The blaring of a trumpet echoed through Craig High School’s band room Wednesday afternoon as band teacher Jake Wiele demonstrated the fine points of a musical arrangement to students on a video conference.
Miles away in the corner of his living room, Craig senior Jacob Hanekamp followed along on his laptop and then tapped out part of the song on the marimba, a deep-toned wooden xylophone.
Music education looks much different this year because of COVID-19 restrictions. Band and choir teachers in the Janesville School District are among those who have had to adjust their teaching methods to accommodate distanced learning and safety precautions.
These days, the only instruments heard in middle and high school band rooms are those played by teachers. Students, meanwhile, will continue to learn and practice virtually until mid-January, per a school board decision last month.
When students are in person, Wiele teaches most of his classes in the auditorium instead of the band room so students can spread out. His largest class has about 60 students, which makes playing as a group more difficult, especially at a distance.
“I didn’t realize how much being spaced out affects hearing because … music is really collaborative, and you’re always doing it in synchronicity with everybody else around you based on what you’re hearing,” Wiele said.
“It was challenging, but at least we were together.”
In a typical year, Wiele and Parker High School choir director Matt Knutson focus on group performances, teaching singers to make one cohesive sound. This year, the focus has been on individual skill-building.
“I’ve decided that the best way the kids are learning this year is just, we can’t really collaborate,” Wiele said. “It’s like if we were to talk at the same time on the phone, you can’t hear each other. Now multiply that by 60 kids all playing at the same time with varying internet speeds—it’s kind of like a nightmare.”
During a typical class now, Wiele plays his instrument for students to walk them through the music. Then he asks individual students to demonstrate their parts while other students stay on the mute setting. Students work on their own performances of the piece at home and send recordings to Wiele for critiques and grading.
For students such as Hanekamp, the individualized approach has a learning curve.
“A big thing about music is when you’re first trying to learn, especially on marimba, it’s easy to get lost. … So something I’ll do in school is I listen for a cue from the band so I can jump back on. You can’t really do that at home because you can’t really hear the other people,” Hanekamp said.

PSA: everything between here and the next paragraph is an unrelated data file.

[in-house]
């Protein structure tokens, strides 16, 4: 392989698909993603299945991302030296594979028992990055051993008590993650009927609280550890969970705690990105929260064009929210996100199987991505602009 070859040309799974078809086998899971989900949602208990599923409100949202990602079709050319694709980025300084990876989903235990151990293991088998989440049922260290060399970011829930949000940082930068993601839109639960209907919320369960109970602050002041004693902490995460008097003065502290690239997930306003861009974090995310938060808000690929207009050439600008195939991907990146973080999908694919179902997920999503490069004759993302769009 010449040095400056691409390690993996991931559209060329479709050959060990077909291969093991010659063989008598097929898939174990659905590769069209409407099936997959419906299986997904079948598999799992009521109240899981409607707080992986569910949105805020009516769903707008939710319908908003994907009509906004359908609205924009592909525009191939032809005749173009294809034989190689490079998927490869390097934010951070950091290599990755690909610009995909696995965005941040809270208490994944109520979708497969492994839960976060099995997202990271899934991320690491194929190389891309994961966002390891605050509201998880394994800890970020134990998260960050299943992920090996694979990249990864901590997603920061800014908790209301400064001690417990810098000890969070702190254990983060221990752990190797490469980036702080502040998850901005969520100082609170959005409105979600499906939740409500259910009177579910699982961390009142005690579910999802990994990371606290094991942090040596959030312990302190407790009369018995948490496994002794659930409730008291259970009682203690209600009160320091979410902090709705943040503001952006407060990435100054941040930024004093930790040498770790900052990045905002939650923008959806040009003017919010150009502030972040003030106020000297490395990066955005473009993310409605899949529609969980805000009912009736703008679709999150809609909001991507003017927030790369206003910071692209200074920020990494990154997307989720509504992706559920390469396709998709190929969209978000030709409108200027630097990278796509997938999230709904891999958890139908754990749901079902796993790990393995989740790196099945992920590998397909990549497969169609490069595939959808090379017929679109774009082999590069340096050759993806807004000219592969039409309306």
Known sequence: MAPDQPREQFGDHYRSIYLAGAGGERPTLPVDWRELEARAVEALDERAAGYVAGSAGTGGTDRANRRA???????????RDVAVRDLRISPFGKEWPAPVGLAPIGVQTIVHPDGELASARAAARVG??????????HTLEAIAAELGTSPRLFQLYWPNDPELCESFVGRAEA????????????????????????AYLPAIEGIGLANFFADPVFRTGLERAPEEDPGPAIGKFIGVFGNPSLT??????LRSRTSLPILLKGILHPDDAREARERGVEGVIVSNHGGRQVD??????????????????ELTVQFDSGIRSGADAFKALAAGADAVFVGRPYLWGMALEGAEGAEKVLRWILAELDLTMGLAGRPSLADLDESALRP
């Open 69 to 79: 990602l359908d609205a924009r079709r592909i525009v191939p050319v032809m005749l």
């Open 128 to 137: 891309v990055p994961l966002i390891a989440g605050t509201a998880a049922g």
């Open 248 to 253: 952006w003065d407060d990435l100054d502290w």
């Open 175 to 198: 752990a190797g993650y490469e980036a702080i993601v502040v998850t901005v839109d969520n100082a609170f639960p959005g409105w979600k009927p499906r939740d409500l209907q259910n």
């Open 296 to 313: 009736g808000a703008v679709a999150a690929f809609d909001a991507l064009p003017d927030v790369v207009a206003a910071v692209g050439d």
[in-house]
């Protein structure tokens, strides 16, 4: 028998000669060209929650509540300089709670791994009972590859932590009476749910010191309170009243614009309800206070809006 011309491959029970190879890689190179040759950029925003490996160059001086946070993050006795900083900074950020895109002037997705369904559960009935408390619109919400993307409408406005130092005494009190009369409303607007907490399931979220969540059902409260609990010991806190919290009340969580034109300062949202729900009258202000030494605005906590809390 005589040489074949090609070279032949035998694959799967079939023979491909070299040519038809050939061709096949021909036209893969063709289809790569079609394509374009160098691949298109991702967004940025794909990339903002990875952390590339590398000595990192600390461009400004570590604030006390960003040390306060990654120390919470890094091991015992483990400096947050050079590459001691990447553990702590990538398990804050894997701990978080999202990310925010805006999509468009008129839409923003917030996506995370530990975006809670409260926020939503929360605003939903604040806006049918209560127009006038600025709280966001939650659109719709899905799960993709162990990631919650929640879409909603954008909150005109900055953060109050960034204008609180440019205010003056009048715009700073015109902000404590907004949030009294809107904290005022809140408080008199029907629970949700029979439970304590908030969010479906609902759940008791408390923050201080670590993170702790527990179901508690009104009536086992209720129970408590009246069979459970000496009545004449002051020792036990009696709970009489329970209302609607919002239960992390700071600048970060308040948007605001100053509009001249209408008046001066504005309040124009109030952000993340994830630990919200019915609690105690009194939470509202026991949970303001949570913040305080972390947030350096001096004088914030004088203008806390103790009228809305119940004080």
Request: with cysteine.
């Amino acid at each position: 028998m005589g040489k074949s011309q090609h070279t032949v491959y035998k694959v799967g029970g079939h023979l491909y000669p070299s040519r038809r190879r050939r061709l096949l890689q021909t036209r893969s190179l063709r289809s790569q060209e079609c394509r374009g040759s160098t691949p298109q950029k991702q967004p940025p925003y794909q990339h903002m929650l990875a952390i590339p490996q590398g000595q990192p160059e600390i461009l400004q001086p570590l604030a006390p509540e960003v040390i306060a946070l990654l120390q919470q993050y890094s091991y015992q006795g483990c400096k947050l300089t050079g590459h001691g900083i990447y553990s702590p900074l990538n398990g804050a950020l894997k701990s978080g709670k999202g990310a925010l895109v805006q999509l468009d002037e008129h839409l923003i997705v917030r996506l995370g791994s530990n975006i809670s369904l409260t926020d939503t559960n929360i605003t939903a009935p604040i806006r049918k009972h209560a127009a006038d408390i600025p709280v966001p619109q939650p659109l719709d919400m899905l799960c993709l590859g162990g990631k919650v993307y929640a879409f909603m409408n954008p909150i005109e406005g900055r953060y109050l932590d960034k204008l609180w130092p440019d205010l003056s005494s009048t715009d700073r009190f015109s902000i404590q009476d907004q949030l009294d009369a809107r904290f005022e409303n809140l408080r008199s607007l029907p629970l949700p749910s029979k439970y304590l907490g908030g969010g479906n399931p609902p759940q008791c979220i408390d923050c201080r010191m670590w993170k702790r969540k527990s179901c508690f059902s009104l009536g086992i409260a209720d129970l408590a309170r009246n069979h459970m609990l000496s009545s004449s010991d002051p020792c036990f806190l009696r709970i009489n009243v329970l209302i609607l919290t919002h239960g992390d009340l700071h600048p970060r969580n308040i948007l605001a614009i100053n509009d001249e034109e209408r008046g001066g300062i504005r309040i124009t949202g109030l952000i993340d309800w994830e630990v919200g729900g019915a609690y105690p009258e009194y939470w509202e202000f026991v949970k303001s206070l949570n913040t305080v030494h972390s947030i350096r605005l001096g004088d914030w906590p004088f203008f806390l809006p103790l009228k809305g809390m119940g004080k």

“It’s definitely difficult, but it is possible.”
Knutson follows a similar process.
He has students record themselves singing and then uses those recordings to offer critiques and suggestions. It’s not a typical vocal learning environment, but Knutson said the students are seeing music in a new way.
“In a way, we’ve learned to be even more flexible with what we have in branching out and using technology in new ways so that students know they are improving and can then hear that and explain it,” Knutson said. “And that gives students the opportunity to hear their voices, how it sounded early on, to how it sounds now and how their confidence has changed.”
In-person classes with young musicians have changed, too.
Knutson’s choir students wear larger masks, which allow more space for mouth movement. He sanitizes the seats after each class, and the classroom is set up to allow for social distancing.
Before colder weather moved in, Knutson would carry a keyboard outside so students could sing in the open air.
Changes are also evident when band students are in person at Craig.
Students have customized instrument masks that feature a small slit near the mouth just big enough for a mouthpiece.
Wiele discovered a study from Colorado that suggested providing a bucket for each seat. Inside each bucket is a bag with a paper towel to absorb the spit. Kids empty their spit valves into the bucket, and Wiele empties the buckets twice a day.
Music education has changed significantly, but both teachers say they are glad they can keep helping students discover their passion for music.
“I’m realizing how much I really enjoy being around, like, the energy of high school kids all the time, performing and those silly things that they do and that make my day really funny,” Weile said. “It’s those little things. Just like everybody else, we’re missing those little things.”
“It’s like anything in life where we can be as prepared as we want, but there’s always going to be changes, and we have to be flexible and remember at heart why we’re doing what we’re doing,” he said.
“And even though we have masks, which makes it a little tougher to sing, the students made it work, and I’m really proud of everything that they’ve done up to this point. We’ve been able to put our music together and do it in a way that sounds like a normal year.”